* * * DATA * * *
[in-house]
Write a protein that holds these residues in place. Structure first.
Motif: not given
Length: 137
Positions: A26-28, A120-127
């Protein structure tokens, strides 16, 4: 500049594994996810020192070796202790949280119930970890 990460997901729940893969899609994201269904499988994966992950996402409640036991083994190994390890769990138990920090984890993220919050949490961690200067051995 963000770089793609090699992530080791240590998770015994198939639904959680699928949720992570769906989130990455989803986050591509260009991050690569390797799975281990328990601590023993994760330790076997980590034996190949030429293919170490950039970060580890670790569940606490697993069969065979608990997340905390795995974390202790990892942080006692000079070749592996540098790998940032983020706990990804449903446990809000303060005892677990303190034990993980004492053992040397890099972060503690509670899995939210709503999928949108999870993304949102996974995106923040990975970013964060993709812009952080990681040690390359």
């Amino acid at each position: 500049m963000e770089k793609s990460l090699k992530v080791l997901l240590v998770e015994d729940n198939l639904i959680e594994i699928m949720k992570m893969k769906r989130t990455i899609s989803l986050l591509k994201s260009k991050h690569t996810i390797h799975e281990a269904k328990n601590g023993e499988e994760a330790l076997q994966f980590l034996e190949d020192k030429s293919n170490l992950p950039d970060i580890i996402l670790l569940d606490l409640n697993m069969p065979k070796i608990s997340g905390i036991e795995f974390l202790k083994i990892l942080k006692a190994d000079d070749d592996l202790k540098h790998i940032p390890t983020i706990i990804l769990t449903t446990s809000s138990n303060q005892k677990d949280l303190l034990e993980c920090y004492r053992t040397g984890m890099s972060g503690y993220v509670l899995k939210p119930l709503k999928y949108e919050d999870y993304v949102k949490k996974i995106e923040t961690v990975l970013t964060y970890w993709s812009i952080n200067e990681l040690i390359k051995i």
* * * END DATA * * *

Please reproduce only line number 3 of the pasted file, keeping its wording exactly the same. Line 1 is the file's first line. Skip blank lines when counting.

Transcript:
Motif: not given